A few times a year I enjoy sharing here on the blog student perspectives about our educational programs and initiatives here at St. Gregory, lifting them from our award winning student newspaper, the Gregorian Chant. 

Although I write more often here about our 1:1 laptop and related technology initiatives, our leadership and innovation educational advances, and our enhanced attention to 21st century skills, our new faculty-student “advisory” is certainly one of our very most important enterprises of the past two years.   Before last fall (2010), the school functioned with only a small “homeroom” arrangement, but now students and teachers meet twice weekly for 20 minutes for what we intend to be a rich, relationship-building, social and reflective, service-oriented, character enhancing, advisory time.  

In the most recent student paper, one of our sophomore students, Leah M., reported on the program in what is now its second year.  I am delighted by the report, and am happy to share it here.


STG advisory making progress toward goals

There is one “class” at St. Gregory where students are not only permitted, but also encouraged, to relax, kick back, chat with friends, and reflect.  The implementation of advisory has opened the door to a learning experience that is free from pressure and evaluation.  Let’s see how advisories are doing, what positives they have brought to our school, and what might still need tweaking.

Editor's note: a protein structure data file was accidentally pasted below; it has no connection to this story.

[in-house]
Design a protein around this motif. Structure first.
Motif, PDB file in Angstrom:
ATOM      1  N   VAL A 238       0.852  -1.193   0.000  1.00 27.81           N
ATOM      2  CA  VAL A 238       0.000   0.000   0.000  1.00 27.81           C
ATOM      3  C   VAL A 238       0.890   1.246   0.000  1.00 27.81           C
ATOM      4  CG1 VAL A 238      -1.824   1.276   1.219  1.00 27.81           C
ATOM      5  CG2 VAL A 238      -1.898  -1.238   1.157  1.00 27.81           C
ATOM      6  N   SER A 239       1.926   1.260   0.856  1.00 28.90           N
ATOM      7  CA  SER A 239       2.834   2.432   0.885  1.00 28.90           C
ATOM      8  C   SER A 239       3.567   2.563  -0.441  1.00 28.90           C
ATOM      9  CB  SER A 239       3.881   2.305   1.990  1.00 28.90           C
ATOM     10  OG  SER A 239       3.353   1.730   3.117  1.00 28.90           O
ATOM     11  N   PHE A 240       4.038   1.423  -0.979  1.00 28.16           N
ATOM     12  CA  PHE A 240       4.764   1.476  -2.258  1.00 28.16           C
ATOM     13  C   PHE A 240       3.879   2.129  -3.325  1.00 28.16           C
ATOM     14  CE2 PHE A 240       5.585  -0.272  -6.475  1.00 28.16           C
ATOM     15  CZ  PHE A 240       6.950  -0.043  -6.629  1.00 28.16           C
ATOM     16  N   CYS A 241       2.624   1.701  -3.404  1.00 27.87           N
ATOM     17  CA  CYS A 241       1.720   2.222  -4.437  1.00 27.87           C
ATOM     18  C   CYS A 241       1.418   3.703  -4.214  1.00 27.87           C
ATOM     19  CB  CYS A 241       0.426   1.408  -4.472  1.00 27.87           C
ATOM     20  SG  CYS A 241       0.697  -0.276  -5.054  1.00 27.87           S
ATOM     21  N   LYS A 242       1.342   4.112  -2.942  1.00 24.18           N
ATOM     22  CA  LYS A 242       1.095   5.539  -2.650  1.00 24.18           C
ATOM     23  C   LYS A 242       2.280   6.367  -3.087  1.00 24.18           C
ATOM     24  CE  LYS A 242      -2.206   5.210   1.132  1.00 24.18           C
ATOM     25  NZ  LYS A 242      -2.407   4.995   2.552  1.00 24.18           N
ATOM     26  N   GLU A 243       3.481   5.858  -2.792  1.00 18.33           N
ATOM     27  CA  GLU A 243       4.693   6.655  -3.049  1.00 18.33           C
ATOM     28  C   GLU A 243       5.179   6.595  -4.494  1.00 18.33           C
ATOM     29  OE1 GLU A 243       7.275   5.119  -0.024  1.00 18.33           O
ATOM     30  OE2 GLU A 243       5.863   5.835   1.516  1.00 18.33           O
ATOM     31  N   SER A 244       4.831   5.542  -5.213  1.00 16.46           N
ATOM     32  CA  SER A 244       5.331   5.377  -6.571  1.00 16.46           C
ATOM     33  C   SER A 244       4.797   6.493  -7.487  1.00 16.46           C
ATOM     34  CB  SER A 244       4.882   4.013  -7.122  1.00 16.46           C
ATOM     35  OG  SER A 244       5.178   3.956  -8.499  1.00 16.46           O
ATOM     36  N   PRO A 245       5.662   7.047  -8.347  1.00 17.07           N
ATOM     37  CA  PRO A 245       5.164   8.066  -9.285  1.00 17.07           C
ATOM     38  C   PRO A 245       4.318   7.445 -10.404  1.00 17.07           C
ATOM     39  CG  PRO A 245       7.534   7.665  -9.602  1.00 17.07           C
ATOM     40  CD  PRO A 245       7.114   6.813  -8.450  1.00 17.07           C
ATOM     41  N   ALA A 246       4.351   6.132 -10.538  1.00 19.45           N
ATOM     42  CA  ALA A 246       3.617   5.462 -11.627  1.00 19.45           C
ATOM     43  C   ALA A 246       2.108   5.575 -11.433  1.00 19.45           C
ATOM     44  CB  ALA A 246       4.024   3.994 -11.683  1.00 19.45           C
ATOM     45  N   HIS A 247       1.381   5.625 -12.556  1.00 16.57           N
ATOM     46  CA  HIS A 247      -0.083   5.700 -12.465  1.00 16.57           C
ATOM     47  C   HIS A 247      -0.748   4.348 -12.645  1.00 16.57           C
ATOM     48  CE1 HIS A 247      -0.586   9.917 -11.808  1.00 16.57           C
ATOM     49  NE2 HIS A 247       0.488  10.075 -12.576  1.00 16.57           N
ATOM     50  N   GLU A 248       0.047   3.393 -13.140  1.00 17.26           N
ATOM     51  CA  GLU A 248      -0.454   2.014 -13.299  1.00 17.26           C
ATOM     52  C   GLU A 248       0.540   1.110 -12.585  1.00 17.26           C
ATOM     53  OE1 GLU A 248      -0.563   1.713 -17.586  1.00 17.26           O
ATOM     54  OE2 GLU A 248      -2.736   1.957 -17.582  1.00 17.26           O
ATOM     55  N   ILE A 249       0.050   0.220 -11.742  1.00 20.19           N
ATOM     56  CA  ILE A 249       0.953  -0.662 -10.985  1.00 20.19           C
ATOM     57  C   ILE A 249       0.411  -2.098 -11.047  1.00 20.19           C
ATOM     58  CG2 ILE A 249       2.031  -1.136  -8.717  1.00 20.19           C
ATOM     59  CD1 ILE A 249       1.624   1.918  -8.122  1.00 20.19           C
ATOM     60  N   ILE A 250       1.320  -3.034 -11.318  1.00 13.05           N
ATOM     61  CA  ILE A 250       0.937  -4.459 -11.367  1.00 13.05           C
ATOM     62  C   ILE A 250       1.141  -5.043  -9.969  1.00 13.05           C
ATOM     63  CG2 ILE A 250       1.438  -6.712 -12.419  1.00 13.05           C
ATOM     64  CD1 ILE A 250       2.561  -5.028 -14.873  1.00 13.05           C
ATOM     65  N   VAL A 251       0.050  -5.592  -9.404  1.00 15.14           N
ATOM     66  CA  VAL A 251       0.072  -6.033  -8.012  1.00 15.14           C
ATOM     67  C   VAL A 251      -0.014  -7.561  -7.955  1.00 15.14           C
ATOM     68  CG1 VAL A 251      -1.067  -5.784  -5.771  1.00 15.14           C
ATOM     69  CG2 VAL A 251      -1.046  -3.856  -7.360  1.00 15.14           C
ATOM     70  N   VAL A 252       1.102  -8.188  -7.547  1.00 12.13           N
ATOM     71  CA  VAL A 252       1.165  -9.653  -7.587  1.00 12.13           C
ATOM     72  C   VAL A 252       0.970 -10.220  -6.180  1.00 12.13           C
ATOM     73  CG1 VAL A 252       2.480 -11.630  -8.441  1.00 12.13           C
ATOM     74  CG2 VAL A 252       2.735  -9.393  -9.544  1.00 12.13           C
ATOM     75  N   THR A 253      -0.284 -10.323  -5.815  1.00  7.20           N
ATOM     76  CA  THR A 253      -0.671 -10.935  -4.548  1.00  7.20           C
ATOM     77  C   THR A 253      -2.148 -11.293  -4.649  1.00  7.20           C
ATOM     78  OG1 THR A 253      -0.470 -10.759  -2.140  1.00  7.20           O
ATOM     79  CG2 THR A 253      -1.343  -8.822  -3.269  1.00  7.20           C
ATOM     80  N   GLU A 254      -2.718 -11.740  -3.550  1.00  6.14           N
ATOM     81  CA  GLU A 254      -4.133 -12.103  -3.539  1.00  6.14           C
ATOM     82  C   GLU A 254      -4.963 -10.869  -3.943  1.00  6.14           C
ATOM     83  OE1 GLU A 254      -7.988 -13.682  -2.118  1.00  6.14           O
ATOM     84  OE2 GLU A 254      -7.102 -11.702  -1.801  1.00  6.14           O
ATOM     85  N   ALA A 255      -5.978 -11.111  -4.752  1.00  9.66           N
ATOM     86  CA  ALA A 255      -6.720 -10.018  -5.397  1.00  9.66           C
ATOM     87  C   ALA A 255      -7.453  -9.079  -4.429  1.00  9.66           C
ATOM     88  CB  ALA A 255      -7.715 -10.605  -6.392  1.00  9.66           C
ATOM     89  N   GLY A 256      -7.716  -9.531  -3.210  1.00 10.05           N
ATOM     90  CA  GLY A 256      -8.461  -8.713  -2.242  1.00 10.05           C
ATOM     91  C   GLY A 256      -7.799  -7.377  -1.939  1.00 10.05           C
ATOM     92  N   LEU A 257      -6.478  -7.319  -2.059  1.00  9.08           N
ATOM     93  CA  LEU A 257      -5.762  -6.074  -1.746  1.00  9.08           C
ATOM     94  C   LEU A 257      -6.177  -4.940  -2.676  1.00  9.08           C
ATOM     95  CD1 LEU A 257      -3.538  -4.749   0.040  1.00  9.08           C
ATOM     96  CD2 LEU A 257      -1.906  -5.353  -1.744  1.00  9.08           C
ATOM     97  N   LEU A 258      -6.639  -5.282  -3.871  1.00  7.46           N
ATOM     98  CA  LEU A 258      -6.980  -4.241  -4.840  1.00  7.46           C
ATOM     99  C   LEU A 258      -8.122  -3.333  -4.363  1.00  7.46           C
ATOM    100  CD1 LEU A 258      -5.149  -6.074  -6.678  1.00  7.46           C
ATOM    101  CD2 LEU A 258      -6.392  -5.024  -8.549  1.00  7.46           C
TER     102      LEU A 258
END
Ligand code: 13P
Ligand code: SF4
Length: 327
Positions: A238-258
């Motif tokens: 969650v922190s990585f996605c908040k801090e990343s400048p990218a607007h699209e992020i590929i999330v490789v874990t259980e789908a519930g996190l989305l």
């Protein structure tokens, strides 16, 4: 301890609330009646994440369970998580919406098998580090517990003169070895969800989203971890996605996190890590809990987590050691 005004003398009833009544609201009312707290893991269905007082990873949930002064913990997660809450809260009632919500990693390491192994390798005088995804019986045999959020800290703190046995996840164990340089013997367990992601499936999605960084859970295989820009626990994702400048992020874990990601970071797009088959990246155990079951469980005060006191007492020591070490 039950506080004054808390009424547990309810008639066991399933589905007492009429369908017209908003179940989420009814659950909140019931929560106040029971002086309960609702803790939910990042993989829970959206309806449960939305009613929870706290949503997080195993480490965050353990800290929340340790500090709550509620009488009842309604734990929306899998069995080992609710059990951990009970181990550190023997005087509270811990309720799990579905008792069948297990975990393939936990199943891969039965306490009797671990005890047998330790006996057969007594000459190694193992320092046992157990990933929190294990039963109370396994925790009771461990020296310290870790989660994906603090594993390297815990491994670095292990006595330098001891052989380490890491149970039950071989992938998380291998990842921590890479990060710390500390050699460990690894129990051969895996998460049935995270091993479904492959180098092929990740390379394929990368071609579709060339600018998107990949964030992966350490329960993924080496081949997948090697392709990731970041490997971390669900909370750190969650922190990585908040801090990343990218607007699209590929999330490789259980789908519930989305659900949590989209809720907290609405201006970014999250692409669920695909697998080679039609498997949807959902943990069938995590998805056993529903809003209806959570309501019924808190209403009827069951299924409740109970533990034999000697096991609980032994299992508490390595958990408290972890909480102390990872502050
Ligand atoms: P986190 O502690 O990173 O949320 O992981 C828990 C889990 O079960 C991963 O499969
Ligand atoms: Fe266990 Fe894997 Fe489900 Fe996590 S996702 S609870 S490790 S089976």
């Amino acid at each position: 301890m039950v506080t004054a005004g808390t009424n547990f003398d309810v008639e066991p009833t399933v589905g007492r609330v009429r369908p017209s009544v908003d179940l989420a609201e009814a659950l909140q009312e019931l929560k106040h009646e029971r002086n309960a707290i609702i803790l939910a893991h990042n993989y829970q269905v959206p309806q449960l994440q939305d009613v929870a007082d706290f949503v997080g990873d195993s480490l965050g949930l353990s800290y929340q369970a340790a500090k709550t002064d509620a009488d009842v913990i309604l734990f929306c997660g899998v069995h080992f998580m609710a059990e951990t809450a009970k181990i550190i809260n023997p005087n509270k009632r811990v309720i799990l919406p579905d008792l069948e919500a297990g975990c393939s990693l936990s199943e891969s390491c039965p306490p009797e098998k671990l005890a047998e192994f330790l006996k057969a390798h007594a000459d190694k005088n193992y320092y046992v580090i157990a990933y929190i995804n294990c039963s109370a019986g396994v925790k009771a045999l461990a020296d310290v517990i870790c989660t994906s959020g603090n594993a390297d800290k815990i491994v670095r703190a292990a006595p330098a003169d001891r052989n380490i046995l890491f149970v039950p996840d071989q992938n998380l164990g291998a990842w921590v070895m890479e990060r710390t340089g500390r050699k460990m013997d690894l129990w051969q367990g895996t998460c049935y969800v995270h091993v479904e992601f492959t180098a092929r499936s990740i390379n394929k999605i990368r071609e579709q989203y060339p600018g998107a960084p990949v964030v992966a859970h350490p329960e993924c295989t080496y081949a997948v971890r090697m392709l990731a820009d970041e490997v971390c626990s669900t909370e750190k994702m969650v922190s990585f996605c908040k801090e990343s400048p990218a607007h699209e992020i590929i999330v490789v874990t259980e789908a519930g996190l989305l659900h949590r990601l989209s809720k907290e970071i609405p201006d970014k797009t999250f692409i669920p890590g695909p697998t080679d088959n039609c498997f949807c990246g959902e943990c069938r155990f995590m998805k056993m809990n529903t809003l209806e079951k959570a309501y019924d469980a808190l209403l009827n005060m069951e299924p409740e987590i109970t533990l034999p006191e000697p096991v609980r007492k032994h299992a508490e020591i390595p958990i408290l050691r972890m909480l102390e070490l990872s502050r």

On Tuesdays and Thursdays of every week, students from each grade meet with one another and one or two faculty members to participate in advisory.  Advisory did exist years ago at St. Gregory in a different form, primarily for the purpose of beginning the day and taking attendance, and it eventually morphed into homeroom.  Advisory at St. Gregory began anew last year with a transformed agenda, and is continuing through this 2011-2012 school year.  Some of the goals set forth by the administration when advisory began were to have a forum in which students could comfortably articulate their feelings and get feedback from peers and teachers, to encourage students to improve stress management skills, to allow students to work towards better communication with others, and to serve generally as a support system.

When asked if she was pleased with the progress of advisory, Ms. Heintz replied that she is “happy with the direction it is going,” although she admitted that it has not yet met the administration’s expectations.  Ms. Heintz added that she believes “it can mean more to the students over time and be a better resource.”  However, this does not mean that advisory has not evolved and changed since the launch of it last year.  The faculty listened to complaints and opinions about the initial practice of every advisory discussing the same topic once a week, and has instead moved towards having each advisory take charge of its own time.  Along with this alteration, this year there has also been more sibling advisory interaction. (more…)